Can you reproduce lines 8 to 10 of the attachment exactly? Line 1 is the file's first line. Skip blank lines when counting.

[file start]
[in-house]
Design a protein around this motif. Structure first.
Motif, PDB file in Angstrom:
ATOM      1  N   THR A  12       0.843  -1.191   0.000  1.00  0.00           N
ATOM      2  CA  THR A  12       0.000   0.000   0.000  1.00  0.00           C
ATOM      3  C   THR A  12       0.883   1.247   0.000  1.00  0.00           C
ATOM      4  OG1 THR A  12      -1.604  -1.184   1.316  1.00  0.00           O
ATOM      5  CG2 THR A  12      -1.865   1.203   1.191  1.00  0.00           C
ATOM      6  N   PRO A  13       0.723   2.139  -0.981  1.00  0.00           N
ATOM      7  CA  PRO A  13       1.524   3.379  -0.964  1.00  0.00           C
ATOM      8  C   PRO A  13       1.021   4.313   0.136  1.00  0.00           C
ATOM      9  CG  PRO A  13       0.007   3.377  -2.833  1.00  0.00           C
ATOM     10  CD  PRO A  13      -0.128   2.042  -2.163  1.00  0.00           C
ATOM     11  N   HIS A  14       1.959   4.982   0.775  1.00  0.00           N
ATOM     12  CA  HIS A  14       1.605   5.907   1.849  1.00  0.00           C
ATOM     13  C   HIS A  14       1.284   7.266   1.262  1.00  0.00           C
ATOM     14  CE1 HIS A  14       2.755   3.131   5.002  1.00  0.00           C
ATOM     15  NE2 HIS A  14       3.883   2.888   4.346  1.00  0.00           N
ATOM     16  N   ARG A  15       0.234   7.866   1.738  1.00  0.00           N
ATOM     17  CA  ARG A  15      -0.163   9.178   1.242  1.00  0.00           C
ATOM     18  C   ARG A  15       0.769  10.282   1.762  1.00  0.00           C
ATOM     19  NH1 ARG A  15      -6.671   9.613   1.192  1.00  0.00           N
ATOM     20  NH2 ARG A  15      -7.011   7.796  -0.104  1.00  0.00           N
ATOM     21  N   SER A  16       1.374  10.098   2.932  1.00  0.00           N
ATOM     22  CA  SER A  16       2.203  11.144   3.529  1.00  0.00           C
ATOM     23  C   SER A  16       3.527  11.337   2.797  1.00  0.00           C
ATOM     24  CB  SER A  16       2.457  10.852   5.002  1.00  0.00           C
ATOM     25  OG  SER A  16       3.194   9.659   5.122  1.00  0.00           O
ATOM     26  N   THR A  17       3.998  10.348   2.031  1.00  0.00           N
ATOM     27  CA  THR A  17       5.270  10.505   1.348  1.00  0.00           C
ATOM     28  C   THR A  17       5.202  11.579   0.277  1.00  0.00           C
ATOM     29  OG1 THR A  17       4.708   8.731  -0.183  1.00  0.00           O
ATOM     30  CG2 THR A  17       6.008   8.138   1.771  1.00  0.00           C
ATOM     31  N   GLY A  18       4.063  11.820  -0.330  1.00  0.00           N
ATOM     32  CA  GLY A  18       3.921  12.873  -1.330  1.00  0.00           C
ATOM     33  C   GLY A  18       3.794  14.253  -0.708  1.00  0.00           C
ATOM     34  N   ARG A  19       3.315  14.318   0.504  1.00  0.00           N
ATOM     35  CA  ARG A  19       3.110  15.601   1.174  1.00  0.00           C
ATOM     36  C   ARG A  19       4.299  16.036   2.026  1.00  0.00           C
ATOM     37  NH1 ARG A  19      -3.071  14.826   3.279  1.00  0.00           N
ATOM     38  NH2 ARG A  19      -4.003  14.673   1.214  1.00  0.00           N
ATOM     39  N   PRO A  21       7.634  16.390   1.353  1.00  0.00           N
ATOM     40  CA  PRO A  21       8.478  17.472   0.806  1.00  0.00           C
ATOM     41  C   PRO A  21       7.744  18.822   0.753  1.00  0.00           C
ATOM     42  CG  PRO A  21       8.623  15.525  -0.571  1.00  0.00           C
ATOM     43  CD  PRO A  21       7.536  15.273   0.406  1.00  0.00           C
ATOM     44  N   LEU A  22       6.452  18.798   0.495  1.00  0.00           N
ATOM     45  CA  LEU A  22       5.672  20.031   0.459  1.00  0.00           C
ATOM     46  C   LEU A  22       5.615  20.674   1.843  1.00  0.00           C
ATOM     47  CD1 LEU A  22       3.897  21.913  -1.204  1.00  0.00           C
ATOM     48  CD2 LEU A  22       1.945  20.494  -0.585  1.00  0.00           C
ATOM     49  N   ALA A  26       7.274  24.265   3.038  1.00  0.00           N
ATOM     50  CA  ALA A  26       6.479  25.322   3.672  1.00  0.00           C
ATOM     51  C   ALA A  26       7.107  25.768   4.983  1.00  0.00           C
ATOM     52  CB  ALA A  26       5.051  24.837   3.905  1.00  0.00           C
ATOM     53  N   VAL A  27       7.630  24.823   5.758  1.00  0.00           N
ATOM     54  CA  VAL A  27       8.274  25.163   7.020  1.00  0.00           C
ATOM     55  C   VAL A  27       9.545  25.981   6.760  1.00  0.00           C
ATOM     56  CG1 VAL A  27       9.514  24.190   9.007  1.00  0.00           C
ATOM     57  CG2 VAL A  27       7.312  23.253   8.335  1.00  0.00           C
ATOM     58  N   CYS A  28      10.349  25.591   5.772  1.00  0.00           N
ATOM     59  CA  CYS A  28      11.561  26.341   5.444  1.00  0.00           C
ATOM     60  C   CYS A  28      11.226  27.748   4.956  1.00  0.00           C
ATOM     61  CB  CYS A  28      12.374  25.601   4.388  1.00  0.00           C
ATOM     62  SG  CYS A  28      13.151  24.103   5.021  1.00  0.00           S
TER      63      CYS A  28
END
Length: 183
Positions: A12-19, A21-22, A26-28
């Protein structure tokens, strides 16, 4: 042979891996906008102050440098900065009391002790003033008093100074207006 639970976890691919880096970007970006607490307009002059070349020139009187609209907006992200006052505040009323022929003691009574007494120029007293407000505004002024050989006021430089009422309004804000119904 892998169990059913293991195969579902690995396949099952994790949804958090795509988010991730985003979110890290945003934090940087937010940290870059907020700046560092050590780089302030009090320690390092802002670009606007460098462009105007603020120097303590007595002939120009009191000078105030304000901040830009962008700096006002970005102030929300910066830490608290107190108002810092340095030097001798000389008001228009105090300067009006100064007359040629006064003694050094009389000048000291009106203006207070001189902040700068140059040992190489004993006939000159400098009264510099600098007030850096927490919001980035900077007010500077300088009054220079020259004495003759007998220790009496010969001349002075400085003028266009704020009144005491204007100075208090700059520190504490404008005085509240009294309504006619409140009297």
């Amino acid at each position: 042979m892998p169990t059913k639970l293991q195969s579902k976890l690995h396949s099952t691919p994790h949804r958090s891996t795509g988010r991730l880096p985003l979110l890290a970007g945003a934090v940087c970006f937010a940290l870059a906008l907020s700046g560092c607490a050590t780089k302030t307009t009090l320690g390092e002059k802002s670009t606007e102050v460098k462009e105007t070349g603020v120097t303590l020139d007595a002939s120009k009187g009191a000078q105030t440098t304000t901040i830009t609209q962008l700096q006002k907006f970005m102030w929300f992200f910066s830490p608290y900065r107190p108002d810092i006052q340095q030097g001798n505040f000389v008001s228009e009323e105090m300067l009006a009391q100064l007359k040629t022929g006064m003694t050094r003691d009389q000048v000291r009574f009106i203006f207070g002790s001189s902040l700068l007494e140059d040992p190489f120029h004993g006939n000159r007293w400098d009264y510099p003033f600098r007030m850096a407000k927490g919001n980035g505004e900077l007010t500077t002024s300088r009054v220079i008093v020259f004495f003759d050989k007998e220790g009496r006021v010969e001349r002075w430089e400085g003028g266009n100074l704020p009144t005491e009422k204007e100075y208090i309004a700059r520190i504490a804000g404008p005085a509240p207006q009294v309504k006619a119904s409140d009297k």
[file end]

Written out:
ATOM      5  CG2 THR A  12      -1.865   1.203   1.191  1.00  0.00           C
ATOM      6  N   PRO A  13       0.723   2.139  -0.981  1.00  0.00           N
ATOM      7  CA  PRO A  13       1.524   3.379  -0.964  1.00  0.00           C